The I-L22 group

          Banks families and other closely related
               persons within Haplogroup I1a2        
          common ancestor likely in far north Europe in pre-Christian era

                   Haplogroup I1 persons are today especially concentrated in Scandinavia though found in
                   significant numbers all over northern Europe.  Haplogroup I1a2 persons have the L22 mutation.
                   While the one family here has tested negative for P109 which comprises a L22 subgroup,
                   there are several mutations which constitute I12 subgroups.
               
                   Link here to info on Haplogroup I in general
                   Link here for information on subhaplogroup I1
                                          a specific page for I1d is not available.

                                                       One Banks grouping so far identified within this subhaplogroup.

                 
     John Banke of Lancashire, 1600s....his Banks descendants later in Shropshire and
             Staffordshire


  
 
: : : : Ancestral
source
 
393 390 19
(394)
391 385
a
385
b
426 388 439 389
i
392 389
ii
458 459
a
459
b
455 454 447 437 448 449 464
a
464
b
464
c
464
d
460 TAGA
H4
YCA
IIa
YCA
IIb
456 607 576 570 CDY
a
CDY
b
442 438
Eccleston, Lancashire 
N9661
14 23 14 10 14 15 11 14 11 12 11 28 15 8 9 8 11 23 16 20 29 11 14 14 16 10 10 19 21 15 14 18 20 35 38 12 9
Robinson of Lancashire 
 
14 23 14 10 14 15 11 14 11 12 11 28 15 8 9 8 11 23 16 20 29 11 14 14 16 10 10 19 21 15 14 19 20 35 38 12 9
Low of
Tennessee 
 
14 23 14 10 14 15 11 14 11 12 11 28 15 8 9 8 11 23 16 20 29 11 14 14 16 10 10 19 21 15 14 19 18 35 38 12 9
Lowe of Scotland
 
14 23 14 10 14 15 11 14 11 12 11 28 15 8 9 8 11 23 16 20 29 11 14 14 16 10 10 19 21 15 14 19 18 35 38 12 9
McNeill of Scotland 
 
13 23 14 10 14 15 11 14 11 12 11 28 15 8 9 8 11 23 16 20 29 11 14 14 16 10 10 19 21 14 14 17 20 35 38 12 10
Bloomfield of England
 
13 23 14 10 14 15 11 14 11 12 11 28 15 8 9 8 11 23 16 20 29 11 14 14 16 10 10 19 21 14 14 17 20 35 38 12 10

                                                     Marker site numbers shown in blue.  Marker values shown in yellow.
                                               Another participant from this family needed to confirm the DNA profile.

                            
John Banke in Eccleston in mid-1600s.  Family (with Banks surname) later in Shropshire
           and Staffordshire and elsewhere.  Participant N9661 is ten generations from ancestor John Banke.  This 
           family was just recently traced to Eccleston.
           Until the later 1600s, Banke or Bancke was the usual spelling of Banks surnames in England.
           Link to the John Banke family at Rootsweb (the links to relatives found at bottom of each page.)

           Based on the number of different values at 37 markers, the men above are very likely to share a common
           male ancestor with our Banks participant within 500 yrs.  Mr. Robinson only mismatches at one marker
           value.  In such instances, the common ancestor likely lived within 150 yrs.  The Robinson ancestor was in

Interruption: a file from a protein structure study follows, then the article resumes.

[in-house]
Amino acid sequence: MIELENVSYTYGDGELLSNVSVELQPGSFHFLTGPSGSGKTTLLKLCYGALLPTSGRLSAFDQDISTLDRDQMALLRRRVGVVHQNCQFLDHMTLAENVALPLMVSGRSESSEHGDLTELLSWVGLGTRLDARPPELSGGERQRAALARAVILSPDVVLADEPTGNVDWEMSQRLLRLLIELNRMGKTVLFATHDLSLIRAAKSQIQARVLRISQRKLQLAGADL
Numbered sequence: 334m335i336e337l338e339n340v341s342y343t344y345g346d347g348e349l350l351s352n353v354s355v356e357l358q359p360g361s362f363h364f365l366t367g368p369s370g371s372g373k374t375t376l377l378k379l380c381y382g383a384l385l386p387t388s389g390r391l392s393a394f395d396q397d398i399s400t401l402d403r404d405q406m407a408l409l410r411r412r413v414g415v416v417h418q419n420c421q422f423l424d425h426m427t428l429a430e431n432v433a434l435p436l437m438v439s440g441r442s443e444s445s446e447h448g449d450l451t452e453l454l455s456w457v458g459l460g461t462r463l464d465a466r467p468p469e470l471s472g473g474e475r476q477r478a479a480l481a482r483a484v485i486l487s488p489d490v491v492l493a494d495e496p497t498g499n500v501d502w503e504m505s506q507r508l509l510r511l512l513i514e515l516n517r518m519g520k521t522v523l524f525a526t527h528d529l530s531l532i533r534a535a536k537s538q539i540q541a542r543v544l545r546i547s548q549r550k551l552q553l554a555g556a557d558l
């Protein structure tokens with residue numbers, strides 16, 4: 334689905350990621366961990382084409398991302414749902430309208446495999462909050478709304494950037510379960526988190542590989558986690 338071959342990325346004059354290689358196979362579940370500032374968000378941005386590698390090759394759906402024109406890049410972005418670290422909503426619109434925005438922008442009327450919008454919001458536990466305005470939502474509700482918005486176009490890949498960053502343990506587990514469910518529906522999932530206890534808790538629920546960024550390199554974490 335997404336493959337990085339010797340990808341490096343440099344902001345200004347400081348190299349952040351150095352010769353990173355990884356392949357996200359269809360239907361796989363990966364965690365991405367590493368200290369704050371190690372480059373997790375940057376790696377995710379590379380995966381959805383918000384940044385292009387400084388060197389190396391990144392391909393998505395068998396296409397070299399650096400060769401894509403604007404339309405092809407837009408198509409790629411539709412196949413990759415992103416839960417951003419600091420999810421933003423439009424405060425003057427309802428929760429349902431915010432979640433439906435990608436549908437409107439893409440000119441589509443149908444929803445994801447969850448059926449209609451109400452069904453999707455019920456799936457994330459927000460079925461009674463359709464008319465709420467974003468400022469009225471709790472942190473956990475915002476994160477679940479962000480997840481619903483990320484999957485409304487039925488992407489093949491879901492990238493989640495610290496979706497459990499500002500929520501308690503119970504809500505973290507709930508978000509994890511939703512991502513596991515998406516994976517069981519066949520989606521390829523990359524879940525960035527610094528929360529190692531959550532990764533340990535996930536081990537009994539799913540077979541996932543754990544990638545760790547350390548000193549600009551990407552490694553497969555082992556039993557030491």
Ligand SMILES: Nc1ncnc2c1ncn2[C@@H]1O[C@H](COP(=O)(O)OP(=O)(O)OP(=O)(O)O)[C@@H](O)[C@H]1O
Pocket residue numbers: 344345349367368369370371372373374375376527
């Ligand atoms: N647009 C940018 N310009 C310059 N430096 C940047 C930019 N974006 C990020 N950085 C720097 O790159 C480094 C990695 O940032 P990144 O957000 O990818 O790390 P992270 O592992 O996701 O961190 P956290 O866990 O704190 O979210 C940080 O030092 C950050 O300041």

Manchester, Lancashire, in the mid-1800s, and many descendants moved to Canada.  The Lows are 
           next closest.  There are likely only 2 number mismatches because the change at their marker DYS570
           was likely a 2-value change during a single mutation.  The Lows likely share a common male ancestor within
           300 yrs.  The other two men seem related to each other, and the common ancestor shared with our Banks
           participant is likely farther back in time, perhaps as far back as the Renaissance.

           Our Banks family has a history of a Scottish origin.  This could be the case because several of the matches
           above also have better known Scottish origins. In addition, one of the men matching our Banks participant
           34 of 37 markers seems to have a Scandinavian surname as well as given names.  His marker values are
           not available. It is possible, this Scandinavian man descends from a Scottish ancestor.  If not, this close
           relationship to him points to an emigration to Scotland from Scandinavia no later than the Middle Ages.

           Though special testing only confirms so far that this man belongs to haplogroup I, there have been
           several men relatively close genetically to our man who were determined to belong to haplogroup I1d.
           One of them is Bloomfield (above).  I1a2 is characterized by being positive for the L22 mutation.
           Simultaneously Bloomfield was negative for I1a2's first subgroup characterized by being positive for
           P109.  Robinson who is nearly an exact match to our participant was also found L22+.  In addition, Mr.
           Robinson was tested subsequently for the I1a2 subgroups characterized by having the L205 and L258
           SNP mutations and found negative for these. All closely
           related men  here will have the same results when testing for these SNP mutations.  There are other
           new SNPs not yet tested.

                                               
Comments